Yi Huiman, chairman of the China Securities Regulatory Commission (CSRC), said during a recent event that the commission will attract more high-quality companies to go public and will explore ways to delist “zombie” and “empty-shell” companies. Yi’s remarks come in a timely manner, not only injecting confidence into the A-share market under the impact of the US-China trade war but also offering an olive branch to high-quality companies that haven’t gone public in the A-share market, including those that have already been listed overseas. The Chinese economy has entered a stage of high-quality development, with the financial sector also undergoing supply-side structural reforms. Given the crucial role of the capital market in both high-quality development and structural reforms, enhancing the quality of listed companies is key.
Why does China’s stock market lag obviously behind the Chinese economy in terms of development? Fundamentally speaking, the quality of stock market assets fails to reflect the development level of the Chinese economy. If the strongest football players cannot get into the national team, then the national team will not perform well. In general, China’s stock market hasn’t fully reflected the new changes and new trends of the Chinese economy in terms of structure and momentum, one of the important reasons for the poor performance of the market. Comparing the top 10 listed companies in China and the US, we can find that more than half of the US-listed companies are internet technology companies represented by Apple, Microsoft, Amazon, Google and Facebook, while most of the mainland-listed companies are those from traditional industries, like the four big banks and two energy giants, which is not completely consistent with China’s economic performance over the years.
In fact, over past decades, a large number of high-quality Chinese companies with good development prospects, high profitability and strong innovation impetus have chosen to go public overseas for various reasons.
They include internet technology companies like Alibaba, Tencent, and JD.com, automobile brands like Geely and Great Wall Motors, and real estate giants like Evergrande and Country Garden. Their overseas listings deprived domestic investors of opportunities to share the development dividends of China’s best companies, also objectively underlining the insufficient efficiency and capability of China’s capital market in serving the real economy.
Meanwhile, there are still a large number of low-quality and low-efficiency companies in the A-share market, which have no growth value and cannot play the leading role for their industries.
These companies have not only occupied resources such as funds and listing quotas but have also distorted the valuation and pricing system of the capital market, thus inhibiting the vitality and resilience of the Chinese stock market.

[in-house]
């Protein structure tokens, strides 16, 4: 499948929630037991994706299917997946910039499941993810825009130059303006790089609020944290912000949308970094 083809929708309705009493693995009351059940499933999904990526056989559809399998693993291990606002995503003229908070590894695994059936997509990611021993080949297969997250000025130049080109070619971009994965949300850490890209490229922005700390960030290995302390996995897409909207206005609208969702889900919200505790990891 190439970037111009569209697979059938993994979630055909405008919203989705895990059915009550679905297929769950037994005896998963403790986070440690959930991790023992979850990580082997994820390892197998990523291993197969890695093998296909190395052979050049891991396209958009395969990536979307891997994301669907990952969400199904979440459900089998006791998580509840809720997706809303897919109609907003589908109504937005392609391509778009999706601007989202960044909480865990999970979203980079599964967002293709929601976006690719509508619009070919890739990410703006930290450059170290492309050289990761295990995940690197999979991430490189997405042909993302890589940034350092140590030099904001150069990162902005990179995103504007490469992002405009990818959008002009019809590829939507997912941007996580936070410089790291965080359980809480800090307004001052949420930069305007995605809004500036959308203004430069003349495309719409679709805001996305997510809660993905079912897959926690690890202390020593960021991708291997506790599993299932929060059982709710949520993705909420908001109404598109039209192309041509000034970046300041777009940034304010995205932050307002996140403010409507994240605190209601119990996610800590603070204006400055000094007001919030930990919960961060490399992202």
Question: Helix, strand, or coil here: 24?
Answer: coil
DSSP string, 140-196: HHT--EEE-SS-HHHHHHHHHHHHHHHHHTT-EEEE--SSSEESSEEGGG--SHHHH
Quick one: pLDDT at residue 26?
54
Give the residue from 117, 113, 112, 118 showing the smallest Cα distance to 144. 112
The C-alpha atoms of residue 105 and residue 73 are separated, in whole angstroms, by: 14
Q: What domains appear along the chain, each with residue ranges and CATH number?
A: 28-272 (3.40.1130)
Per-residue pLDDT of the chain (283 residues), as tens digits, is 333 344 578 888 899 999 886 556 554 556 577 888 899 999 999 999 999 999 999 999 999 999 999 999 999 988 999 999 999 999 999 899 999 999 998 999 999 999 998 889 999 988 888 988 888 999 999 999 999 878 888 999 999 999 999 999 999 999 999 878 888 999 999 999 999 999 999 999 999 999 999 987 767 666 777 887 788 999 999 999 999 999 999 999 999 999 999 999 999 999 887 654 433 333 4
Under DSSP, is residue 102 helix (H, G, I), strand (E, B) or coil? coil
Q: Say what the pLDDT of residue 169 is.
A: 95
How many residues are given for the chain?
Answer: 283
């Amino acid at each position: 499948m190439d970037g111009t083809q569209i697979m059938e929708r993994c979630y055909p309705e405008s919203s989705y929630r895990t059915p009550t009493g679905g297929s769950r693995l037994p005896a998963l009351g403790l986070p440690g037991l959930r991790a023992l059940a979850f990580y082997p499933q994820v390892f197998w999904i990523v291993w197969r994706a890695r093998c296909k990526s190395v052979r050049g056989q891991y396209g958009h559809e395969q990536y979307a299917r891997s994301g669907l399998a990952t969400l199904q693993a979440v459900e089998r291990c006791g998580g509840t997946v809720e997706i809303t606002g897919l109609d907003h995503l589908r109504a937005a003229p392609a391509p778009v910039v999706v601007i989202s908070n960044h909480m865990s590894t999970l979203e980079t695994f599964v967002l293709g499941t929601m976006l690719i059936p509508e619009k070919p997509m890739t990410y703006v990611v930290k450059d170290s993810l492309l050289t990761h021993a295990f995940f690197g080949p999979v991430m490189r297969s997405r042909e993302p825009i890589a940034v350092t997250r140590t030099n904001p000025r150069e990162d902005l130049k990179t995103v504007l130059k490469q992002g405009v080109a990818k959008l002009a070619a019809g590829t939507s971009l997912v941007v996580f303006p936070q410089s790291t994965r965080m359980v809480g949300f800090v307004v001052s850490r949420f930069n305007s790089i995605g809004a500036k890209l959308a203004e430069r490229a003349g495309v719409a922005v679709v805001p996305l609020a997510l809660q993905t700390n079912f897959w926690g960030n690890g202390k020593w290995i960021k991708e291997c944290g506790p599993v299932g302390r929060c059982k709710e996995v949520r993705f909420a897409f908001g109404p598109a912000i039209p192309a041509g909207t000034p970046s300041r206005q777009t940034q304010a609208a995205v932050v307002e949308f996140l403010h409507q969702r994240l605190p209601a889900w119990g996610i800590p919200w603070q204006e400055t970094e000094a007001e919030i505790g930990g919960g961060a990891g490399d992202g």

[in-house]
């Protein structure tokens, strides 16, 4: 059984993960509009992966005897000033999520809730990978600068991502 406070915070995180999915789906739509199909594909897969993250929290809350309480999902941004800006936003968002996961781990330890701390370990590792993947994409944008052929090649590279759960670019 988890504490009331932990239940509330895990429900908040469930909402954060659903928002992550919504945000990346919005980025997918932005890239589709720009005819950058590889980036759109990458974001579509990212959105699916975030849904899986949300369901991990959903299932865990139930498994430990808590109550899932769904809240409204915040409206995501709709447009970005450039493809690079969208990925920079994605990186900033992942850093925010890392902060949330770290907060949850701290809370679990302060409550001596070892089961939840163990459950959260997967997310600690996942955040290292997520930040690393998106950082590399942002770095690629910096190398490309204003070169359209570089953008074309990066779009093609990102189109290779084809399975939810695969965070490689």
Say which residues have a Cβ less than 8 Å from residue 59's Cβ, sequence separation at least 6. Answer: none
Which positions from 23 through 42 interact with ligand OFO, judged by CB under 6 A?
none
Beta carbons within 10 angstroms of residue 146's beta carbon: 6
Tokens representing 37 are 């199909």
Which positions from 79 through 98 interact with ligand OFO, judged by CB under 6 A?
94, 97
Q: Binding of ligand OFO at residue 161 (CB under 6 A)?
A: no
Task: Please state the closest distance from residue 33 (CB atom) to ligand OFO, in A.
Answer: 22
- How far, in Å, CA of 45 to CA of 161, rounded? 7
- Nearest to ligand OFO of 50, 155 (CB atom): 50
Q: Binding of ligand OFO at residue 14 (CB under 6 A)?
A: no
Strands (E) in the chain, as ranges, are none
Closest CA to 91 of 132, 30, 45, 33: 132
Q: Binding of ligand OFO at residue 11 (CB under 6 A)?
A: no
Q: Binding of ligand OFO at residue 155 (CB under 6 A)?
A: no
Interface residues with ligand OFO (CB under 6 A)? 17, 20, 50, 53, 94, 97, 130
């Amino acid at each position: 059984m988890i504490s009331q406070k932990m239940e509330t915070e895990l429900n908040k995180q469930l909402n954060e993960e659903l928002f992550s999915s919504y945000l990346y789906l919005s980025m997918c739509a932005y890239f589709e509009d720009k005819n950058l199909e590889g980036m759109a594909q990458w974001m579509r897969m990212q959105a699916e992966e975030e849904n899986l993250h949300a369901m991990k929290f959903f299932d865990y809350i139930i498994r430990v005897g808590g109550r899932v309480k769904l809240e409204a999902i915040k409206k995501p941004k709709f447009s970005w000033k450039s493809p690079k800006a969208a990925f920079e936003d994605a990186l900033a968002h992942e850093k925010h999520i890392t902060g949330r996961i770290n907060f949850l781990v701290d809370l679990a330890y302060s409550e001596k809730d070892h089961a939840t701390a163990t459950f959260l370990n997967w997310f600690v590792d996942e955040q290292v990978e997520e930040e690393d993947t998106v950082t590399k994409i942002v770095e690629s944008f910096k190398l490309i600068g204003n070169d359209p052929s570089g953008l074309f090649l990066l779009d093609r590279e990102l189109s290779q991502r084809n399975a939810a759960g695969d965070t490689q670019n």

In this sense, supply-side structural reforms are very important and necessary, even urgent, for the Chinese stock market.
Thankfully, China’s capital market has already begun the reform process, with incremental reforms like the establishment of the science and technology innovation board and the pilot registration-based listing system.
Since the size of such incremental reforms will be limited in the early stage, stock reforms involving the quality improvement of the 3,600-some listed companies seem more critical.
An A-share market that is aligned with quality economic growth should allow for both listing and delisting, an indication of capital market metabolism. Firms listed in the market need to be ones that lead industry development and boast considerable benefits. An A-share market as such will be a source of running water rather than a pool of stagnant water.
For this reason, it is suggested that efforts to “vacate the cage for new birds” in the A-share market should be made at an accelerated pace.
This means making institutional improvements and creating conditions for fast-growing “seedling” companies such as unicorns to be “intercepted” at the domestic market. Actions should also be in place to innovate boldly and be keen on reforms, attracting premium overseas-listed firms back to the A-share market.
Meanwhile, the regulatory authorities ought to strictly eliminate low-efficiency, ineffective listed firms and improve and firmly implement the delisting rules.
Over the course of delisting firms of low quality, the authorities should push for the revitalization of shell companies, increase shell supplies, and provide support to premium firms seeking an IPO via buying shells, acquiring or merging into low-quality listed firms, among other means.
Such reformist drives will force existing listed firms to always be prepared for the unexpected and to stay pressured to improve corporate governance and earnings. This, adding to newly listed premium firms in the market, will naturally result in higher quality listed firms as a whole.
An improvement in the quality of listed firms will surely help in creating a vibrant and resilient capital market, preventing and handling varied risks facing the capital market, and turning China’s stock market into a genuine barometer of the real economy.
So long as the nation preserves with reforms, its capital market, whose performance has long baffled domestic investors, will certainly embrace a beautiful spring.